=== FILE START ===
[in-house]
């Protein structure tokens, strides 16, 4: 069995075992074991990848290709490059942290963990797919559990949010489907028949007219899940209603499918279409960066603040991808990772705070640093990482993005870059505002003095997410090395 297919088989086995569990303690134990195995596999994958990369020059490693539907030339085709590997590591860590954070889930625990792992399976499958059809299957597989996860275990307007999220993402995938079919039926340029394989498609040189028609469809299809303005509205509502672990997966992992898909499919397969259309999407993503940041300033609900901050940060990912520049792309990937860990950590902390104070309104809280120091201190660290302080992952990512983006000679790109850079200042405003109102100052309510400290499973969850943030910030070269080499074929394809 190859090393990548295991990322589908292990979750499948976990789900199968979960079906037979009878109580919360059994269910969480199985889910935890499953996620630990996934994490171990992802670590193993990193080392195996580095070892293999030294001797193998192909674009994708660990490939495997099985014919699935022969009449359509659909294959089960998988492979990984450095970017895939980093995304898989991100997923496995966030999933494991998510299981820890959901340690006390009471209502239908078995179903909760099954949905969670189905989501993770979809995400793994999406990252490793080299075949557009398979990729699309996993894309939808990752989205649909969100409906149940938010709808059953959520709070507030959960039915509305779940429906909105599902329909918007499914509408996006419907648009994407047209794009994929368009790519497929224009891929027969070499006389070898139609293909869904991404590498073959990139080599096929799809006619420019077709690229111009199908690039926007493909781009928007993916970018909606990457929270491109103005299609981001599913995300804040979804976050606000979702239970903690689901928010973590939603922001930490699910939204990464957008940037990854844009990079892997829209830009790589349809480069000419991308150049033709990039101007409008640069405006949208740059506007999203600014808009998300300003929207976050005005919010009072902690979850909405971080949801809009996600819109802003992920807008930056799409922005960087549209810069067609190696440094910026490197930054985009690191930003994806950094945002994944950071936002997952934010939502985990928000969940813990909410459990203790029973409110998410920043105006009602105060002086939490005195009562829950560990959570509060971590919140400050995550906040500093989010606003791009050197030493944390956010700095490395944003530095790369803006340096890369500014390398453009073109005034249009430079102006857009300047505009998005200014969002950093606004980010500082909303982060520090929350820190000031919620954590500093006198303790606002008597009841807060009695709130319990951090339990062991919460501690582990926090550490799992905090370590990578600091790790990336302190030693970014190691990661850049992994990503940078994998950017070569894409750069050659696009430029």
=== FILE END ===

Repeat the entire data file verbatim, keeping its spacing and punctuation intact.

[in-house]
């Protein structure tokens, strides 16, 4: 069995075992074991990848290709490059942290963990797919559990949010489907028949007219899940209603499918279409960066603040991808990772705070640093990482993005870059505002003095997410090395 297919088989086995569990303690134990195995596999994958990369020059490693539907030339085709590997590591860590954070889930625990792992399976499958059809299957597989996860275990307007999220993402995938079919039926340029394989498609040189028609469809299809303005509205509502672990997966992992898909499919397969259309999407993503940041300033609900901050940060990912520049792309990937860990950590902390104070309104809280120091201190660290302080992952990512983006000679790109850079200042405003109102100052309510400290499973969850943030910030070269080499074929394809 190859090393990548295991990322589908292990979750499948976990789900199968979960079906037979009878109580919360059994269910969480199985889910935890499953996620630990996934994490171990992802670590193993990193080392195996580095070892293999030294001797193998192909674009994708660990490939495997099985014919699935022969009449359509659909294959089960998988492979990984450095970017895939980093995304898989991100997923496995966030999933494991998510299981820890959901340690006390009471209502239908078995179903909760099954949905969670189905989501993770979809995400793994999406990252490793080299075949557009398979990729699309996993894309939808990752989205649909969100409906149940938010709808059953959520709070507030959960039915509305779940429906909105599902329909918007499914509408996006419907648009994407047209794009994929368009790519497929224009891929027969070499006389070898139609293909869904991404590498073959990139080599096929799809006619420019077709690229111009199908690039926007493909781009928007993916970018909606990457929270491109103005299609981001599913995300804040979804976050606000979702239970903690689901928010973590939603922001930490699910939204990464957008940037990854844009990079892997829209830009790589349809480069000419991308150049033709990039101007409008640069405006949208740059506007999203600014808009998300300003929207976050005005919010009072902690979850909405971080949801809009996600819109802003992920807008930056799409922005960087549209810069067609190696440094910026490197930054985009690191930003994806950094945002994944950071936002997952934010939502985990928000969940813990909410459990203790029973409110998410920043105006009602105060002086939490005195009562829950560990959570509060971590919140400050995550906040500093989010606003791009050197030493944390956010700095490395944003530095790369803006340096890369500014390398453009073109005034249009430079102006857009300047505009998005200014969002950093606004980010500082909303982060520090929350820190000031919620954590500093006198303790606002008597009841807060009695709130319990951090339990062991919460501690582990926090550490799992905090370590990578600091790790990336302190030693970014190691990661850049992994990503940078994998950017070569894409750069050659696009430029």